1546 – Girolamo Fracastoro places the idea of contagion within a naturalistic framework, identifying several diseases that are spread by specific contagia. These include syphilis, rabies, measles and scabies.
1676 – Thomas Sydenham, in his Medical Observations, insists that the symptoms of diseases are so uniform that doctors should be able to classify them, just as botanists classify plants.
1854 – John Snow investigates patterns of infection during the London cholera epidemic, concluding that cholera is a specific disease, transmitted via water that has been contaminated by the faeces of those already suffering from the disease.
1876 – Joseph Lister announces his ‘antiseptic’ system of surgery, in which his instruments, hands and dressing are soaked in carbolic acid to disinfect the wound site, reducing mortality from sepsis.
1882 – Robert Koch publishes the results of his experiments on the tubercle bacillus, showing that this greatest killer of the century is caused by a bacterium.
1898 – Marius Beijerinck publishes a study on the tobacco mosaic virus (TMV), arguing that this ‘contagious living fluid’ (as he called it) needed another cell in which to reproduce. TMV was one of the first viruses to be seen using the electron microscope.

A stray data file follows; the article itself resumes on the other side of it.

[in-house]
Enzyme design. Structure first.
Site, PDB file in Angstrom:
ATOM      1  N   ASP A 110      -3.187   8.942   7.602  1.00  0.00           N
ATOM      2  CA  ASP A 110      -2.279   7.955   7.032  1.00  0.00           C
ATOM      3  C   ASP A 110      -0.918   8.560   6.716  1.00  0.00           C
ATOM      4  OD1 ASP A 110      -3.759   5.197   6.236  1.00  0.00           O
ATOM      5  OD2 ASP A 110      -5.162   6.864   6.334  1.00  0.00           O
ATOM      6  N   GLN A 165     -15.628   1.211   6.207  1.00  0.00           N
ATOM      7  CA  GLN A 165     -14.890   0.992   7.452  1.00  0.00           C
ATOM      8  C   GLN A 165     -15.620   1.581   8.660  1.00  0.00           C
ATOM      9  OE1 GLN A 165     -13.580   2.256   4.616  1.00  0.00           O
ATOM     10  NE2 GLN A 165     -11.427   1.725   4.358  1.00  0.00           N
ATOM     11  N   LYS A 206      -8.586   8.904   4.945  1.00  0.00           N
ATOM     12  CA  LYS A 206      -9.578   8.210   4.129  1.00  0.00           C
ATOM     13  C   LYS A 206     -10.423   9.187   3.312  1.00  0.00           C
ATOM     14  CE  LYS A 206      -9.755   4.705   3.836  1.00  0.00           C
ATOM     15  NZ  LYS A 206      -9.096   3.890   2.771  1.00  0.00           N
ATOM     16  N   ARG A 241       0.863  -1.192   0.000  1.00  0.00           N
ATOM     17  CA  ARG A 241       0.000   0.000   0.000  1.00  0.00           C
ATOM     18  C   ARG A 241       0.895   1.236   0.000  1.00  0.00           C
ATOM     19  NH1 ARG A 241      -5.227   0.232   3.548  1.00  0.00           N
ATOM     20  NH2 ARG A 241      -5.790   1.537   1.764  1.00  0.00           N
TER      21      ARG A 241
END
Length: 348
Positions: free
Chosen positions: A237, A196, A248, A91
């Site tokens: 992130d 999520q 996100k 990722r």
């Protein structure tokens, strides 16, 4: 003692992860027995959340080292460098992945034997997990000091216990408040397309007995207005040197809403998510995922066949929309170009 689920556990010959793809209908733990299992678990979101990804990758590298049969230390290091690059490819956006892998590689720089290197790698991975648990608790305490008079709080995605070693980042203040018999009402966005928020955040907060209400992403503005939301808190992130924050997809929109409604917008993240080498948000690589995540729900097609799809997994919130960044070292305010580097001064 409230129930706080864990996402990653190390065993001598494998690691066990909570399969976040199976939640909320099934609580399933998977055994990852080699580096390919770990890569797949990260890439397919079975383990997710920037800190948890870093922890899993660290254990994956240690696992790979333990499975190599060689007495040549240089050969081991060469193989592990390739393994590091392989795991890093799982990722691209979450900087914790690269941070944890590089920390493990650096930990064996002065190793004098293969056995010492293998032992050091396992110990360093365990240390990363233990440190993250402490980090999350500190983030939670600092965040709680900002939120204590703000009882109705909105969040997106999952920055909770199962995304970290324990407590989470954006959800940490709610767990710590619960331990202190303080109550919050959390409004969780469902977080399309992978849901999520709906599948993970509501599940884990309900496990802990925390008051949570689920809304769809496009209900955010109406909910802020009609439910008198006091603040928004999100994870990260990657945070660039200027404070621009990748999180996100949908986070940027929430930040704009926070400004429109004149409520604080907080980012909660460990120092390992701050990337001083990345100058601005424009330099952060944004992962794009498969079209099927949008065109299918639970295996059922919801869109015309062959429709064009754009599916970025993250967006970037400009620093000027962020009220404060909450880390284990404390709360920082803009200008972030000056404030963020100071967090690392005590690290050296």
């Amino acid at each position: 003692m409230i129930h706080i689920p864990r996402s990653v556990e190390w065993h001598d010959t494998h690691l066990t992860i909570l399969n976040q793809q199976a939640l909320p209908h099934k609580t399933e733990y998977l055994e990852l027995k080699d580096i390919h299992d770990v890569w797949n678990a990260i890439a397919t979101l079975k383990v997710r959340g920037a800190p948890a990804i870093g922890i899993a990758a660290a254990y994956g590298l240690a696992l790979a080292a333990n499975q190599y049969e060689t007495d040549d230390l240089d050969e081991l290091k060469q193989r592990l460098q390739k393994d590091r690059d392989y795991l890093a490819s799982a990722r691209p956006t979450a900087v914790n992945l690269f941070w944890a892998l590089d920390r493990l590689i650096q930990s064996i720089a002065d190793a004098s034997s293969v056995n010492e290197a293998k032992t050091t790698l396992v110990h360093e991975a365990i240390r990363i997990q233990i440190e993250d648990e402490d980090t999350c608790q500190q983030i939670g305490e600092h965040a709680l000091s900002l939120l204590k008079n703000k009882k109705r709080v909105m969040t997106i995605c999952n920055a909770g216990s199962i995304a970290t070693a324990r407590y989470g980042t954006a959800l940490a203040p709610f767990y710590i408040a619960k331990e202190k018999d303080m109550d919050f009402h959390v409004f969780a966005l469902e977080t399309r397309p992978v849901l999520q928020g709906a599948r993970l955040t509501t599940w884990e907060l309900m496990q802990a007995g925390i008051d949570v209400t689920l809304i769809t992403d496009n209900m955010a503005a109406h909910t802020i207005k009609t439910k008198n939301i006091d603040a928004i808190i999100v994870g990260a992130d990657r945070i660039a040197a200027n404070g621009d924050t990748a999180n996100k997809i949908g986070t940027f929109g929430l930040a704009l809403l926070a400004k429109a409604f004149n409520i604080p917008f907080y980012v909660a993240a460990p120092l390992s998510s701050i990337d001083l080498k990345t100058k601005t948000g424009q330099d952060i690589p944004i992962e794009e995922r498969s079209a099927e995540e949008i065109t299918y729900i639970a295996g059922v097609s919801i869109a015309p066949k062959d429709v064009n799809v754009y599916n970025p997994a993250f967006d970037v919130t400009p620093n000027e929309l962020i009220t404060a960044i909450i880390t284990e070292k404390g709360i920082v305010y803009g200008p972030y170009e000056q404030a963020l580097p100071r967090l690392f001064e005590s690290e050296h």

1898 – Ronald Ross discovers the role of the female Anopheles mosquito in the transmission of malaria, caused by one or other of several species of plasmodia, a group of single-celled parasites.
1954 – Jonas Salk’s polio vaccine is tested. The slightly later vaccine, developed by Alfred Sabin and based on live, attenuated virus, dominates the anti-polio campaign, with worldwide eradication still just eluding our grasp.
Read more about the history of disease:
- Epidemiology: the history of disease and epidemics (Part I, pre-20th Century)
- Epidemiology: the history of disease and epidemics (Part II, post-20th Century)
- Robert Koch: how he identified one of the 19th Century’s biggest killers
- 10 key scientists in our understanding of disease
- The experiment that proved bacteria caused disease
1982 – Stanley Prusiner coins the word ‘prion’ (from ‘protein’ and ‘infection’), to describe the class of material causing scrapie in sheep, BSE in cattle and several degenerative disorders of the human nervous system.
1983 – Robert Gallo (at the US National Institutes of Health) and Luc Montagnier and Françoise Barré-Sinoussi (at the Pasteur Institute in Paris) independently isolate the virus that causes AIDS.